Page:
The diorama of “L’Etablissement du Roi” is a marvelous model of the first settlement that Charles Routier de Romainville (1742-1792) created on Mahé in 1978. The L’Etablissement du Roi encompassed on its Northern border, the Moussa River – which is the river that runs between the Happy Youth Club and the Immaculate Conception Cathedral, on its Western border, the site of the present State House, on its Southern border the site where Stone of Possession was placed in 1756 and where negotiations of the first capitulation of Seychelles to the British took place on 17th May 1794, and on the East, the settlement was bordered by the sea. A splendid work of act. This is, in fact, the origin of our Victoria. Incredible!.
Did you know that 791 Seychellois men participated in the First World War (1914-1918), and that 250 of them perished in German East Africa? Yes German East Africa! The nefarious effrontery of Colonialism! And did you know that about 900 men volunteered to go to North Africa, Libya and Egypt during the Second World War (1939-1945). And yes, many of them were among the millions of people who lost their lives during the war that brought 20th century cruelty to its peak. And did you know that many years, after the Emancipation of slavery (1st February 1835), Seychelles became a sanctuary for liberated African slaves who were rescued from Arab dhows by ships of the Royal Navy? And that the first batch arrived on 14th May 1861 aboard HMS Lyra?
A museum is like an Art Gallery. It’s a place where you must walk leisurely, pleasurably as you observe and assimilate its priceless offerings.
There are ingeniously crafted models of Creole dwellings of timber that existed once upon a time. From the simplest and humble ‘Payot’ hut to the magnificent “Grann Kaz” Plantation House. Oh, those picturesque garrets and pitched roofs, with finials and prickets. Yes, all those houses were once architectural icons that showed off the sheer beauty and rustic elegance of the Colonial Creole dwelling. All of them masterpieces. Feast your eyes….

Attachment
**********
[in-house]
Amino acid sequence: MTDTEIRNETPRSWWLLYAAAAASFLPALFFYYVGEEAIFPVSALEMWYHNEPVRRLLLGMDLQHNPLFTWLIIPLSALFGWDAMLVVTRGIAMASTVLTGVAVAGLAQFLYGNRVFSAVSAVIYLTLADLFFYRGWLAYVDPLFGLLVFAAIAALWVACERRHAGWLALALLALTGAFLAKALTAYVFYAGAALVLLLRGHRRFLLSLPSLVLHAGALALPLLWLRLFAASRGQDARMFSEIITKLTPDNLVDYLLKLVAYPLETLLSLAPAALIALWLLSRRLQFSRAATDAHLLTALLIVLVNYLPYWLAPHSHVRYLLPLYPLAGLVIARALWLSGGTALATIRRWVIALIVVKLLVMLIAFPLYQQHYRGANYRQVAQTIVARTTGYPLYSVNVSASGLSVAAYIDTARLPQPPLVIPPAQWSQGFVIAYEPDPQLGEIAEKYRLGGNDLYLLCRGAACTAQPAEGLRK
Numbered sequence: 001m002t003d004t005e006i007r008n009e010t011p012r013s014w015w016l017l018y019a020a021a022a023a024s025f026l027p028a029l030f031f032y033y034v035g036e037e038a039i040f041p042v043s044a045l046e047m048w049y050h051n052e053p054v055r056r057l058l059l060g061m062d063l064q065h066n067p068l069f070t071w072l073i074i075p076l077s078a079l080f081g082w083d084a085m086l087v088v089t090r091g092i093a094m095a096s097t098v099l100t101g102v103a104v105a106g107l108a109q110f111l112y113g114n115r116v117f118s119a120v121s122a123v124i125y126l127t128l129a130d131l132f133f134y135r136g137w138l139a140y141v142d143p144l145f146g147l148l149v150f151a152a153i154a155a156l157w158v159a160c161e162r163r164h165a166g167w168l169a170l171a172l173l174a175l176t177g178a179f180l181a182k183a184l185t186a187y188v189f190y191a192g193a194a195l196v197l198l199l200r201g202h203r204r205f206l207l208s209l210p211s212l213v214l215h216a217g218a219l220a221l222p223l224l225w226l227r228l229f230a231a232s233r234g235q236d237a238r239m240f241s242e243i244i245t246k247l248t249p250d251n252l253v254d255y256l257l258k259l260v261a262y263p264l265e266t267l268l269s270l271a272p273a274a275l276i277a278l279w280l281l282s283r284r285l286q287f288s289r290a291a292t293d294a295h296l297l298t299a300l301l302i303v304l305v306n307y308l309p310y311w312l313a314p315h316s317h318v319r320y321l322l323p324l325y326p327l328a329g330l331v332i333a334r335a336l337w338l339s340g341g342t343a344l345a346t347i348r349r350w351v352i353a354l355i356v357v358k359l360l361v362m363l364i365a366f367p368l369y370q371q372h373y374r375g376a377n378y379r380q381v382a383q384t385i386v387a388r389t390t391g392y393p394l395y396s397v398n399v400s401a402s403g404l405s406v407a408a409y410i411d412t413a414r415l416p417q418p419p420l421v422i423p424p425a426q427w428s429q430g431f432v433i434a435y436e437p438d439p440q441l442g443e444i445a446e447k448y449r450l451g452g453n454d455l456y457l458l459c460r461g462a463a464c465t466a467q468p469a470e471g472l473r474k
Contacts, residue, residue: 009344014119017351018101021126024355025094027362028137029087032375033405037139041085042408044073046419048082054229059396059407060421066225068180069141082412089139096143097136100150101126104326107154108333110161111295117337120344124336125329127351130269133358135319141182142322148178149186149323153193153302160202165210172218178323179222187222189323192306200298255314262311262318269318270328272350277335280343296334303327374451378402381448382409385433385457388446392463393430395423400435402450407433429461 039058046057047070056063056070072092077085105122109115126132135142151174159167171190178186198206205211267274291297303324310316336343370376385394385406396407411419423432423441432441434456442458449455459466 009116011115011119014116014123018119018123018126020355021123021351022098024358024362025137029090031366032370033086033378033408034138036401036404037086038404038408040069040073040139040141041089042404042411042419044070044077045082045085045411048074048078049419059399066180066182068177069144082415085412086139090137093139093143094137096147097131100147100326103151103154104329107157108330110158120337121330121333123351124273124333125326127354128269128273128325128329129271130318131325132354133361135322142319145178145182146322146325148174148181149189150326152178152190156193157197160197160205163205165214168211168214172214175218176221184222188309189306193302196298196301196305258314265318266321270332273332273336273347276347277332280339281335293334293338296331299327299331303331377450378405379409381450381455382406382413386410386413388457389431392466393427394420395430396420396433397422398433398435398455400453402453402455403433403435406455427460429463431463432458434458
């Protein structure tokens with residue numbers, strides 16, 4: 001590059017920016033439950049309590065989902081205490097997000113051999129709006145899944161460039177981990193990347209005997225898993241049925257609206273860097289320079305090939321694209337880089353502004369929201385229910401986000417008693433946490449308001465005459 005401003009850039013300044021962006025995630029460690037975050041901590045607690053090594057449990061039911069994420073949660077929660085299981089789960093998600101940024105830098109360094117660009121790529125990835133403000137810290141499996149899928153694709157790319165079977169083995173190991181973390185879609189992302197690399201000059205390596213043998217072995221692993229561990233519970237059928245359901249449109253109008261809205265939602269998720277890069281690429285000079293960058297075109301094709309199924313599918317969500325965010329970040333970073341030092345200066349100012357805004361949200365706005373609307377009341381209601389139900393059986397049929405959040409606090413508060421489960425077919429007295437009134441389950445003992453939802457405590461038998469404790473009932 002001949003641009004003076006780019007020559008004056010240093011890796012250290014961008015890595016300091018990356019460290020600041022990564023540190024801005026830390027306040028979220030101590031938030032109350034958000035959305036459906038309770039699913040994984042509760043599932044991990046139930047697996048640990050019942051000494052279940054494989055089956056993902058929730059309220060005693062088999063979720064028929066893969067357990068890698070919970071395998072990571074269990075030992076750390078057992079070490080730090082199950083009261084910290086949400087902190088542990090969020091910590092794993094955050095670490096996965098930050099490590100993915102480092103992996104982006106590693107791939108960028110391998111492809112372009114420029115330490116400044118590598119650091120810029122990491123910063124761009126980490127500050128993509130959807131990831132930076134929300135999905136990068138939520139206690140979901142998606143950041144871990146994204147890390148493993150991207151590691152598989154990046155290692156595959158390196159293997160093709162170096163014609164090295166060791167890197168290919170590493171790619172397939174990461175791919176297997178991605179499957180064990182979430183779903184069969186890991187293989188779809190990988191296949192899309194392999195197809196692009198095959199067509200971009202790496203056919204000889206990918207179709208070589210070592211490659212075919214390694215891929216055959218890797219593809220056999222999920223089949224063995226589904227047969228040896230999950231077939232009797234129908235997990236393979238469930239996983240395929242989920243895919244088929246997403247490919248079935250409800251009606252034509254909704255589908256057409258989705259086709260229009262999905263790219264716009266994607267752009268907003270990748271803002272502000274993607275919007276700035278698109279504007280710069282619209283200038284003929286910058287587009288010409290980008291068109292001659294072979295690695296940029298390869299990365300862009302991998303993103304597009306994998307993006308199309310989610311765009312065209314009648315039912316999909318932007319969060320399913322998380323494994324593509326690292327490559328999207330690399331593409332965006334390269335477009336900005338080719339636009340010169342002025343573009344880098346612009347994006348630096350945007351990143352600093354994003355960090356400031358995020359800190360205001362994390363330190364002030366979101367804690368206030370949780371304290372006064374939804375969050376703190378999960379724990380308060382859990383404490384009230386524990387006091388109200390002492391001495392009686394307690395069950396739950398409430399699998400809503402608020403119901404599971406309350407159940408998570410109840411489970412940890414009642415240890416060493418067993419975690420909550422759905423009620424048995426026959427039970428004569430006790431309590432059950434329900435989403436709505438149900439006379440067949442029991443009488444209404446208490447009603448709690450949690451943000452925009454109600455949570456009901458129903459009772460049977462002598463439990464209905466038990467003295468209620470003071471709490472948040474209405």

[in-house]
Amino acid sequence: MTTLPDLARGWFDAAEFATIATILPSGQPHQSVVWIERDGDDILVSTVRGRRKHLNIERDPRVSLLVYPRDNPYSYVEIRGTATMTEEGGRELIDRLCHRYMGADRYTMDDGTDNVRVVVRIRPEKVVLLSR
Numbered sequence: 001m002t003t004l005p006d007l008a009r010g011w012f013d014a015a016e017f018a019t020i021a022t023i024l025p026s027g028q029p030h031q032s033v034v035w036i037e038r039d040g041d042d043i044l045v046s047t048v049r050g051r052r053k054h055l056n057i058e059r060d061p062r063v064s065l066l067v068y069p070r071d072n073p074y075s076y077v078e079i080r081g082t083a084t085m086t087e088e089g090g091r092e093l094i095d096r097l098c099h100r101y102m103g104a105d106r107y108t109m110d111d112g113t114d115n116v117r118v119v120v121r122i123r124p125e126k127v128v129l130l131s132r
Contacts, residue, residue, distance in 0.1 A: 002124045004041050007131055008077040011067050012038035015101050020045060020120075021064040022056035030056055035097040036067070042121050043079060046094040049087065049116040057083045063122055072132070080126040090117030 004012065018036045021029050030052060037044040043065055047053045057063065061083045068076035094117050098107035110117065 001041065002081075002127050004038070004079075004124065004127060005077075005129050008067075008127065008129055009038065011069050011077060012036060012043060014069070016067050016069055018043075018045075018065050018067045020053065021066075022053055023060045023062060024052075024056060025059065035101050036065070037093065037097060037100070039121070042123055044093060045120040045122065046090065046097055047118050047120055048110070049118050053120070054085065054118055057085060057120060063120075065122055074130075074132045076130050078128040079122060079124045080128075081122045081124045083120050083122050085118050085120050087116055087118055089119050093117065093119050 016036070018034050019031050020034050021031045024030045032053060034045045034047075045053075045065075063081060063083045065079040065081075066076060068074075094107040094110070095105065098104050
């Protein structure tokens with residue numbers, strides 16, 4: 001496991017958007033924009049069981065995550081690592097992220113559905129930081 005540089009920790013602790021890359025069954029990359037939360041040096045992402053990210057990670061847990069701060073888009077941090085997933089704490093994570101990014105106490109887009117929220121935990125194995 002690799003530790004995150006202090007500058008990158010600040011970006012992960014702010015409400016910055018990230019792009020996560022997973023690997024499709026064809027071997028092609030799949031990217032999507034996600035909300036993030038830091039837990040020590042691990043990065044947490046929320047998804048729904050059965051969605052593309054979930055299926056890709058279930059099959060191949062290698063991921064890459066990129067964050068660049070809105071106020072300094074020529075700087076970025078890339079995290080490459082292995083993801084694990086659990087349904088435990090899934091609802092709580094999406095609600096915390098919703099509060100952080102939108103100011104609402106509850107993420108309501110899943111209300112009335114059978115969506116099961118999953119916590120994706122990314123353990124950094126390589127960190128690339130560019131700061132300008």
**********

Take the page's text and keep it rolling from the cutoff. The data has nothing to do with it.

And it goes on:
Well, the history of the National Museum is not old (pardon, the oxymoron!).
It was a retired British Officer of the Indian Army, captain Archibald Tindall Willfred Webb (1889-1968) to whom we owe much gratitude for the creation of our Museum.
Upon his arrival, early in 1961, he was appointed Government archivist. Having an overwhelming amount of historical documents at his disposal, he soon developed an insatiable interest in all aspects of our History. He made extensive research and wrote copiously. And in 1963 he published! “The Story of Seychelles” which sold for R4 a copy.
On the ground floor of the Carnegie Building (which recently celebrated its centennial anniversary) Captain Webb began to organize a variety of old objects to establish a museum which was financed solely from the proceeds of his book. The museum which combined Natural and History opened its doors in early 1964 and a year later, the “Stone of Possession” was removed from the Government House grounds and placed there. By 1966, the sum collected from the sales of ‘The Story of Seychelles’ and paid into the Museum fund had reached Rs3,350/-. Gradually, the collection of artifacts and objects increased,…. Rusted canons salvaged from shipwrecks, a giant furbelow clam, bones of an alligator killed in the 18th century…
And well, the rest like they say, is History.